What happened in Tahrir Friday may potentially be taken as a microcosm of a pervasive anger against the Brotherhood across the country, if one is to bear in mind the attacks on Brotherhood offices in the governorates that also occurred on Friday. But of course Tahrir has special resonance.
The story of what sparked the clashes on Friday is that supporters of president Mohammed Morsy tore down the stage of the Popular Current movement after anti-Morsy chants had been sung. However, the story doesn’t start there, for months now there has been resentment by secular forces at the appropriation of Tahrir by the Brotherhood dating back to the one year anniversary of the revolution, when the Brotherhood stage blared Quranic verses at a loud volume to drown out anti-Brotherhood chants or even prior to that when Brotherhood supporters attempted to end the Mohamed Mahmoud clashes of November 2011 without calling for accountability so that the parliamentary elections could go through. Read more…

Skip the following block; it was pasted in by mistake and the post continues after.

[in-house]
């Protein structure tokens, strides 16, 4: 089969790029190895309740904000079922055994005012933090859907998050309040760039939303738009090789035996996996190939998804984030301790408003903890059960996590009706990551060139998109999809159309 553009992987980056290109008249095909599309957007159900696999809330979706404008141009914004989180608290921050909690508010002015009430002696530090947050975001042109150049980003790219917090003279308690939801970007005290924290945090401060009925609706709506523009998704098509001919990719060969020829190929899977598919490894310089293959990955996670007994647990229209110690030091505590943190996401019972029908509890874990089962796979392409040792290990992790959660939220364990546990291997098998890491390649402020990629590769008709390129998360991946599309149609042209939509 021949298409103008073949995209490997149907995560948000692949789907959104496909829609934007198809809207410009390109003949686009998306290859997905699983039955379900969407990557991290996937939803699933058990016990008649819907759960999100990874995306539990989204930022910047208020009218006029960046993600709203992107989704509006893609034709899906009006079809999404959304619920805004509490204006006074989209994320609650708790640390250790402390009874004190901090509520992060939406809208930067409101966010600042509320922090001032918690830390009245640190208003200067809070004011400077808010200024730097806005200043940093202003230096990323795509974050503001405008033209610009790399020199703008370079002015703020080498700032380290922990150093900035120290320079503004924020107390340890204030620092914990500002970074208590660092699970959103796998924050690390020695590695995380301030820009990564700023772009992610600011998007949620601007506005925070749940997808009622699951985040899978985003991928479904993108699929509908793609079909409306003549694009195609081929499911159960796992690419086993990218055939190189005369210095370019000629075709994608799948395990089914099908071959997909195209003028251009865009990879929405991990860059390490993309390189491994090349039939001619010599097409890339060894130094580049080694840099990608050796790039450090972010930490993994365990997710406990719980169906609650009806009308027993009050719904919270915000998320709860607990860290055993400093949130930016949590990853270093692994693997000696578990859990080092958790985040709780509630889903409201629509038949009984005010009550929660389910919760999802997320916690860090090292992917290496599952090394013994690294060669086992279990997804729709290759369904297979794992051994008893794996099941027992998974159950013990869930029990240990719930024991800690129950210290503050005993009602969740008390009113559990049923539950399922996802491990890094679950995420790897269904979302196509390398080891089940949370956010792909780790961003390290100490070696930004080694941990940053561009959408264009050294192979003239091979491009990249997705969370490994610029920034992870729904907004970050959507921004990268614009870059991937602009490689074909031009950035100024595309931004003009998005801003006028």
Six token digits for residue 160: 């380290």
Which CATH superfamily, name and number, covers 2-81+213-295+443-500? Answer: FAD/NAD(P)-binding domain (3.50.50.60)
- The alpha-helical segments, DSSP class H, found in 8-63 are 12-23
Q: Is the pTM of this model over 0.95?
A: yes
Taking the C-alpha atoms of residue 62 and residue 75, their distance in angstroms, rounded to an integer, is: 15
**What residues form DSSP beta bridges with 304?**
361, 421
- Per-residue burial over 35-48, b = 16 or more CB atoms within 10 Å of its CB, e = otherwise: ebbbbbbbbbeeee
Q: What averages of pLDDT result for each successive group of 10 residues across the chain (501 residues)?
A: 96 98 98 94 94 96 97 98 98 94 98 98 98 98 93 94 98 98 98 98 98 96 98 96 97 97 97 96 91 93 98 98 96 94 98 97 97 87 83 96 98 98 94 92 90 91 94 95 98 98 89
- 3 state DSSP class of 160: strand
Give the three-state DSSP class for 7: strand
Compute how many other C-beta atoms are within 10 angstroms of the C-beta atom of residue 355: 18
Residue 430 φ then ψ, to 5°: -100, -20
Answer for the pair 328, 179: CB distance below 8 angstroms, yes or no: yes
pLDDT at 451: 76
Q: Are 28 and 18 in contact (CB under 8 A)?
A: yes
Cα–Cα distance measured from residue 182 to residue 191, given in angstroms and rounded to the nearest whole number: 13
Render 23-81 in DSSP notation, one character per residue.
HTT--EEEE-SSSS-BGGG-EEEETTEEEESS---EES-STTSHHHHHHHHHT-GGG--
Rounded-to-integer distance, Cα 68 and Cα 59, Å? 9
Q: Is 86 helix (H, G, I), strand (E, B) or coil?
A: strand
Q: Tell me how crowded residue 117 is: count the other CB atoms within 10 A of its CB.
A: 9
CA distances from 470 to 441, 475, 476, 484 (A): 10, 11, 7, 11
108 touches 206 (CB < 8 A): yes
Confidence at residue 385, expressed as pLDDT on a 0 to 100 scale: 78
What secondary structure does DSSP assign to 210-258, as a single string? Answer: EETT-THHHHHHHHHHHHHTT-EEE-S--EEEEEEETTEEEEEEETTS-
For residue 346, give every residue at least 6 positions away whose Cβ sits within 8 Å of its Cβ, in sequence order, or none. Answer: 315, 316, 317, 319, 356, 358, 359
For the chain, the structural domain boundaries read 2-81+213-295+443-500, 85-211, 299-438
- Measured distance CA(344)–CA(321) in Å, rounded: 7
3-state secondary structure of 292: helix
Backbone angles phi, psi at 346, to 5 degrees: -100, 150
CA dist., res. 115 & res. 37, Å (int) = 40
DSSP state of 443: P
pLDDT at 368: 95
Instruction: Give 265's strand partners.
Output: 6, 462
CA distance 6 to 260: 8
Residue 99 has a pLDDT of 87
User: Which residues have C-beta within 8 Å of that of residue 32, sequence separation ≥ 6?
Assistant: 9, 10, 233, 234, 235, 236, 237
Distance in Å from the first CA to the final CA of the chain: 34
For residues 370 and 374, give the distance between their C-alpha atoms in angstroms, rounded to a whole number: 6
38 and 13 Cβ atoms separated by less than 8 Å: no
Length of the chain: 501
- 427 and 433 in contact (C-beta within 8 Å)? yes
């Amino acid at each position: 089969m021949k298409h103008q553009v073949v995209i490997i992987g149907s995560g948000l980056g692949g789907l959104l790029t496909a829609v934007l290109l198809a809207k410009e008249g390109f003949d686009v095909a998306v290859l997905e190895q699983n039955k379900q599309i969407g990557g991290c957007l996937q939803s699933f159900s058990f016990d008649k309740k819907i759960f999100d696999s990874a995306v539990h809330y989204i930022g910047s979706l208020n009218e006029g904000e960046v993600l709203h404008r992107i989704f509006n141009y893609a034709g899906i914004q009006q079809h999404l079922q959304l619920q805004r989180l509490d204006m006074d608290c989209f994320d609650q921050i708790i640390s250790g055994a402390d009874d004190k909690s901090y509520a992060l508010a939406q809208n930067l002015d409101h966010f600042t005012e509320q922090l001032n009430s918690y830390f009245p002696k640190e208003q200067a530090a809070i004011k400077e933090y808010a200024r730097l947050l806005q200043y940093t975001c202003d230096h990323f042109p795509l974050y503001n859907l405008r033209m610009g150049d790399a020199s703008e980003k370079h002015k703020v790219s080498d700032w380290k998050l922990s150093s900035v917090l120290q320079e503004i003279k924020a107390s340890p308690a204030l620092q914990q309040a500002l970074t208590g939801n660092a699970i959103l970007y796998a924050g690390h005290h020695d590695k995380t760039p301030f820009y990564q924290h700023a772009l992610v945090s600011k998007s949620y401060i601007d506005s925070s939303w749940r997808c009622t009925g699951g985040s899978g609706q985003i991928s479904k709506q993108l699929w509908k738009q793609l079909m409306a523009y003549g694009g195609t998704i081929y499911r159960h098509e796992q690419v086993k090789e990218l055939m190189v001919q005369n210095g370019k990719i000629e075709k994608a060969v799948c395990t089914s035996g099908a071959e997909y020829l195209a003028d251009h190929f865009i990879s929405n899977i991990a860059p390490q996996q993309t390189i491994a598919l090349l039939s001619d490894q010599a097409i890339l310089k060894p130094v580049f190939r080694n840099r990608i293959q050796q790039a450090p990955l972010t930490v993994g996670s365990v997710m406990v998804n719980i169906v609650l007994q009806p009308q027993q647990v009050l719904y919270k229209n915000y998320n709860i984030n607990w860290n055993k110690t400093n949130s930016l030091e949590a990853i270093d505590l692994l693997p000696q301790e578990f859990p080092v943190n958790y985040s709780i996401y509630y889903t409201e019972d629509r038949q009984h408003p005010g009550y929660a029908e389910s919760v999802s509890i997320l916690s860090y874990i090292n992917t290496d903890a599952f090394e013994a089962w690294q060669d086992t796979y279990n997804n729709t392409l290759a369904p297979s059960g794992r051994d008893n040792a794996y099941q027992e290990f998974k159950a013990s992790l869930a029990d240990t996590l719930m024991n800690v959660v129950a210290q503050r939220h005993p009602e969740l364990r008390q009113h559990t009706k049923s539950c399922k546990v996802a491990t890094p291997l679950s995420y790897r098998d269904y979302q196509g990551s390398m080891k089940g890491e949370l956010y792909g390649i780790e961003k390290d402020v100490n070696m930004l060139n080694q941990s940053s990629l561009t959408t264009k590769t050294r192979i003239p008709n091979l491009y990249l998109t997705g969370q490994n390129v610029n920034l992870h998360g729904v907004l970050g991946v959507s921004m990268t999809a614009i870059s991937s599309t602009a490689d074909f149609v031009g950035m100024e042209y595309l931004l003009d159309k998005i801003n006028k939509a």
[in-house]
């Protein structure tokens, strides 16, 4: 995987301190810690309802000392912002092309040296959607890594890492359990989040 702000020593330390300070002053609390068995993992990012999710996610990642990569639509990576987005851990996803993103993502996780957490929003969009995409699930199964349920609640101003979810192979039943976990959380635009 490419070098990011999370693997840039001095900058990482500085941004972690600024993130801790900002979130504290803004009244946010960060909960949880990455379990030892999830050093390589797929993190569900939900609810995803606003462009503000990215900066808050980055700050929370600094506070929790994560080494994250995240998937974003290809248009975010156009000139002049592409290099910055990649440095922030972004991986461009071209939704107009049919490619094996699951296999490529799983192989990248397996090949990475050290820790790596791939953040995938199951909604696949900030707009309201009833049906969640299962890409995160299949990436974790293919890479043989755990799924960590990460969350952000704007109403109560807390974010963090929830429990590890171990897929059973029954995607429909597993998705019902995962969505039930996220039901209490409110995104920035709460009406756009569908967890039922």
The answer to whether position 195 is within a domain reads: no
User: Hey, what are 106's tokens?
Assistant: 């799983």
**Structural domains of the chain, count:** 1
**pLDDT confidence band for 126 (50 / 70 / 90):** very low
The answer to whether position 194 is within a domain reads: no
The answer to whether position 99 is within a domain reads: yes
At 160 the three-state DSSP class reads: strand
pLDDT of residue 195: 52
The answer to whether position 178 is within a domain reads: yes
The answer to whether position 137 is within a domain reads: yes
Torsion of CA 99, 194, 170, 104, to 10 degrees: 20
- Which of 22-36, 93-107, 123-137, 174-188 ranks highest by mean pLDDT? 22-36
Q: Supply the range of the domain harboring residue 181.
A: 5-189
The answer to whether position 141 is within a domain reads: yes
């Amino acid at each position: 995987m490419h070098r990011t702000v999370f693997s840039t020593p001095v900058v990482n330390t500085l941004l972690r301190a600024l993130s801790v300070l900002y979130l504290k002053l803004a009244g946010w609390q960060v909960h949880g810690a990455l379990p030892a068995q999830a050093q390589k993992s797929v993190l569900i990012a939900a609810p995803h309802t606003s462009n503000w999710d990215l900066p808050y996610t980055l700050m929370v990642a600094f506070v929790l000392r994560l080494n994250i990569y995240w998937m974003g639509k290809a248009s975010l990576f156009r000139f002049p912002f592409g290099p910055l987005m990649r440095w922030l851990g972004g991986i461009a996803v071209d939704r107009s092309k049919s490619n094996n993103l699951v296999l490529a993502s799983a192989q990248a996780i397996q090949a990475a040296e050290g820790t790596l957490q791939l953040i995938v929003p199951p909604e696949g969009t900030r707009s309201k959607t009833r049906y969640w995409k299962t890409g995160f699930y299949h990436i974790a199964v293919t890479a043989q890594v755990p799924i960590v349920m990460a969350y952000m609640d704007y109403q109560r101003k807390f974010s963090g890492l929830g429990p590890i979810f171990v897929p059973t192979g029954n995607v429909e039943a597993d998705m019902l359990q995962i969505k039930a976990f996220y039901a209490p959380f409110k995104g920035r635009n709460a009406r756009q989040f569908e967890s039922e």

Of the many dark days Egypt has witnessed post-revolution, because of an archaic, failed state whose back is to the wall, lashing out at all and sundry, the Maspero massacre would most probably count as the darkest of them all.
28 mainly Coptic Christian protesters were killed on October 9, 2011. The manner in which they were killed speaks to a brutality and callousness that still leaves one shell shocked a year on. Besides the use of live ammunition, military APCs ran over protesters in front of the radio and television building in Maspero.